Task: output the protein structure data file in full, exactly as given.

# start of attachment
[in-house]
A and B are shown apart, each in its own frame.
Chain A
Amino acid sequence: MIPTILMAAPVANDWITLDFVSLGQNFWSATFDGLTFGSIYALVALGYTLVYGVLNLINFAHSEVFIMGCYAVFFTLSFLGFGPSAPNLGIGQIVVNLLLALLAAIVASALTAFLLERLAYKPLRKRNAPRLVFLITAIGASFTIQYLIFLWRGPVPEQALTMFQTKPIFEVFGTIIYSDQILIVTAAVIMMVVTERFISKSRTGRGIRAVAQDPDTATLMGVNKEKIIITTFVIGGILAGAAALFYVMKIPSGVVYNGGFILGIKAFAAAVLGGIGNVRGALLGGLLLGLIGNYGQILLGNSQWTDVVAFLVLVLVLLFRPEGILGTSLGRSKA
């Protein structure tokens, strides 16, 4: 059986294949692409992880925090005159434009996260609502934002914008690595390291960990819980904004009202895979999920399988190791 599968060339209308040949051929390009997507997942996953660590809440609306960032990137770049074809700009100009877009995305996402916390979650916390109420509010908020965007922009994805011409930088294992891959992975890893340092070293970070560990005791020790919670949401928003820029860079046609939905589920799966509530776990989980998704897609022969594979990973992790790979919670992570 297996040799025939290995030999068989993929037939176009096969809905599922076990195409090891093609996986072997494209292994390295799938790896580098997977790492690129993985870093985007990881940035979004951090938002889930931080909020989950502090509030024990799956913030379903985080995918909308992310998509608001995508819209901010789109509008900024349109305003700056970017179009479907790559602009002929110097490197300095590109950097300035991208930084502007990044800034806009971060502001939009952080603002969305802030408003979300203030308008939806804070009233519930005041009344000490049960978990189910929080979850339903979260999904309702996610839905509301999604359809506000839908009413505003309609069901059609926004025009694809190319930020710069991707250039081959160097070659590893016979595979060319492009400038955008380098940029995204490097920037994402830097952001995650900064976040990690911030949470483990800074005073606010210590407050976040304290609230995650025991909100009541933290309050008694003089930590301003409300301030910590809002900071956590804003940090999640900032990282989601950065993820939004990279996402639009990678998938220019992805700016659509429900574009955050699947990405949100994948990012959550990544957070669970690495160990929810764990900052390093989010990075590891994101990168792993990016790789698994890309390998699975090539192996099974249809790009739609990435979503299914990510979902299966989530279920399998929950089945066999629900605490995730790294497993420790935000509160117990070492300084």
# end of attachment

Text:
[in-house]
A and B are shown apart, each in its own frame.
Chain A
Amino acid sequence: MIPTILMAAPVANDWITLDFVSLGQNFWSATFDGLTFGSIYALVALGYTLVYGVLNLINFAHSEVFIMGCYAVFFTLSFLGFGPSAPNLGIGQIVVNLLLALLAAIVASALTAFLLERLAYKPLRKRNAPRLVFLITAIGASFTIQYLIFLWRGPVPEQALTMFQTKPIFEVFGTIIYSDQILIVTAAVIMMVVTERFISKSRTGRGIRAVAQDPDTATLMGVNKEKIIITTFVIGGILAGAAALFYVMKIPSGVVYNGGFILGIKAFAAAVLGGIGNVRGALLGGLLLGLIGNYGQILLGNSQWTDVVAFLVLVLVLLFRPEGILGTSLGRSKA
């Protein structure tokens, strides 16, 4: 059986294949692409992880925090005159434009996260609502934002914008690595390291960990819980904004009202895979999920399988190791 599968060339209308040949051929390009997507997942996953660590809440609306960032990137770049074809700009100009877009995305996402916390979650916390109420509010908020965007922009994805011409930088294992891959992975890893340092070293970070560990005791020790919670949401928003820029860079046609939905589920799966509530776990989980998704897609022969594979990973992790790979919670992570 297996040799025939290995030999068989993929037939176009096969809905599922076990195409090891093609996986072997494209292994390295799938790896580098997977790492690129993985870093985007990881940035979004951090938002889930931080909020989950502090509030024990799956913030379903985080995918909308992310998509608001995508819209901010789109509008900024349109305003700056970017179009479907790559602009002929110097490197300095590109950097300035991208930084502007990044800034806009971060502001939009952080603002969305802030408003979300203030308008939806804070009233519930005041009344000490049960978990189910929080979850339903979260999904309702996610839905509301999604359809506000839908009413505003309609069901059609926004025009694809190319930020710069991707250039081959160097070659590893016979595979060319492009400038955008380098940029995204490097920037994402830097952001995650900064976040990690911030949470483990800074005073606010210590407050976040304290609230995650025991909100009541933290309050008694003089930590301003409300301030910590809002900071956590804003940090999640900032990282989601950065993820939004990279996402639009990678998938220019992805700016659509429900574009955050699947990405949100994948990012959550990544957070669970690495160990929810764990900052390093989010990075590891994101990168792993990016790789698994890309390998699975090539192996099974249809790009739609990435979503299914990510979902299966989530279920399998929950089945066999629900605490995730790294497993420790935000509160117990070492300084």